"This isn't about race," Ron Johnson insisted in a new op-ed, after saying the massive crowd who marched on the Capitol in January included many who "would never do anything to break the law"

By Virginia Chamlee
March 16, 2021 09:13 PM
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Ron Johnson
Sen. Ron Johnson
| Credit: GREG NASH/POOL/AFP via Getty

After facing Democratic backlash in his home state for saying he didn't feel threatened during the deadly U.S. Capitol riot but would have if the protestors had been Black Lives Matter supporters, Wisconsin Sen. Ron Johnson is not changing his mind.

Instead, in an op-ed published Monday in The Wall Street Journal, the Republican lawmaker said he "won't be silenced by the Left."

"Only about 800 people illegally entered the Capitol. Still fewer engaged in violent acts. I condemned those lawbreakers at the time and continue to do so," Johnson, 65, wrote. "But I feel compelled to push back as Democrats and their media allies try to equate the two groups by implying that all present were 'armed insurrectionists' determined to overthrow the government."

The op-ed comes after an interview on the conservative talk radio Joe Pags Show in which Johnson said he didn't feel "concerned" by a group of overwhelmingly white Trump supporters who breached the Capitol on Jan. 6 and forced lawmakers to evacuate.

Five people died, including a Capitol Police officer.

One of the members of the mob was fatally shot by police.

Johnson said he would have been troubled, however, if the rioters had been supporters of Black Lives Matter or antifa, a left-wing anti-fascist movement.

"Even though those thousands of people that were marching to the Capitol were trying to pressure people like me to vote the way they wanted me to vote," Johnson said on the radio show. "I knew those were people that love this country, that truly respect law enforcement, would never do anything to break the law, and so I wasn't concerned."

Johnson continued in that appearance: "Now, had the tables been turned — Joe, this could get me in trouble — had the tables been turned, and President [Donald] Trump won the election and those were tens of thousands of Black Lives Matter and antifa protesters, I might have been a little concerned."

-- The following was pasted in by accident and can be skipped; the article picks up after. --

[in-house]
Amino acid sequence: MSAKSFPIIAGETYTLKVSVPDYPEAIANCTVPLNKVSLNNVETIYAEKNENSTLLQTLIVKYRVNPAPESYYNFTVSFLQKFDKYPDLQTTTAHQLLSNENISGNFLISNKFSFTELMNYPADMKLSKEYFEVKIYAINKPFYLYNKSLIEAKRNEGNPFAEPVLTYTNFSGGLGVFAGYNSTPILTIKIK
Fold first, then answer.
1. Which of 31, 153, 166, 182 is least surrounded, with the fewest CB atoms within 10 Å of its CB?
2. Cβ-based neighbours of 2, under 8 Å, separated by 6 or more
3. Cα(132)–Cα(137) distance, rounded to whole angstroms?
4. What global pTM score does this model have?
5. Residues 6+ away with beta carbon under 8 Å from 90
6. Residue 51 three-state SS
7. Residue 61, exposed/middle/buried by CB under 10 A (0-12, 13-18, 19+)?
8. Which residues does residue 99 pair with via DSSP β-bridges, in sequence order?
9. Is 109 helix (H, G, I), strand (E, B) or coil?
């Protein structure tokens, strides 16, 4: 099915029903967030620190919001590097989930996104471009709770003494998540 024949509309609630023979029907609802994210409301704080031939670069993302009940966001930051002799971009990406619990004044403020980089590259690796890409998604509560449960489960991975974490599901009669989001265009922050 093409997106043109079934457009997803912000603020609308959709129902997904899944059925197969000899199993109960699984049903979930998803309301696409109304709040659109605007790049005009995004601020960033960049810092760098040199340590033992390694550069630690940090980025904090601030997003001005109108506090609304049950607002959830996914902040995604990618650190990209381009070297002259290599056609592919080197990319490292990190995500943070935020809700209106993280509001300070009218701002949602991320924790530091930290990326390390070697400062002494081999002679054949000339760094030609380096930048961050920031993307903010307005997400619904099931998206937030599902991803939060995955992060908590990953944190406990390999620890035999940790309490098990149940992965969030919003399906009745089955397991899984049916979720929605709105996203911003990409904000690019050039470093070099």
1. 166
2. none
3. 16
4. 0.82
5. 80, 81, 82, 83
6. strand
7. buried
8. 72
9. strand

Though Johnson confirmed his initial words in the Journal column, he maintained that those on the political left had "thoroughly twist[ed]" them and were playing "the race card."

He went on to cite data from the Armed Conflict Location & Event Data Project (ACLED), which he said found that "570 leftist protests became riots last year," in which 25 people lost their lives and 700 law enforcement officers were injured. 

But Sam Jones, a spokesperson for ACLED, tells PEOPLE that the senator's citation was "not an accurate portrayal of our findings."

According to Jones, the report cited by Johnson reviewed protest data from May 24, 2020 to Aug. 22, 2020. "During this period, we recorded approximately 570 total violent or destructive demonstrations across the country. Those are not just demonstrations related to the Black Lives Matter movement or the 'left' — in fact, they include events that could be considered associated with the 'right' as well," Jones says. 

Though it doesn't identify the protests as "leftist," the report cited by Johnson did find that found that "nearly 95%" of the Black Lives Matter protests that occurred in 2020 "involved peaceful protestors."

As for the "25 deaths" figure cited by Johnson, Jones pointed to a Guardian analysis of its database as of October 2020, which found that "nine of the people killed during protests were demonstrators taking part in Black Lives Matter protests. Two were conservatives killed after pro-Trump 'patriot rallies.' All but one were killed by fellow citizens."

According to ACLED, the 25 fatalities also includes cases like the Kyle Rittenhouse shootings and a shooting classified as an act of "'violent far-right' domestic terrorism" by the Center for Strategic and International Studies (CSIS).

"In an attempt to make his point that demonstrations associated with the BLM movement were more violent than right-wing events like the Capitol riot, the senator is actually citing statistics that include people who were killed by right-wing assailants, not unlike those who stormed the Capitol Building," Jones says.

Democrats in Wisconsin, already mobilizing for next year's election when Johnson is on the ballot, have been intensely critical of his remarks.

"For him to say something as racist as that — it's ridiculous," state Sen. LaTonya Johnson told the Associated Press. "It's a totally racist comment and the insult to injury is he didn't mind saying it in the position that he holds because for some reason that's just deemed as acceptable behavior for people who live in and are elected officials in this state."

Johnson used his Journal op-ed to criticize his detractors, writing, "It was also sadly predictable that liberals would hurl the accusation of racism. This isn't about race. It's about riots."

He also slammed the news media, writing that, "Instead of conducting interviews with conservatives, they conduct arguments."

PEOPLE's requests for comment to Johnson's office regarding his initial remarks were not returned; nor were follow-up requests regarding the statistics cited in his Journal column.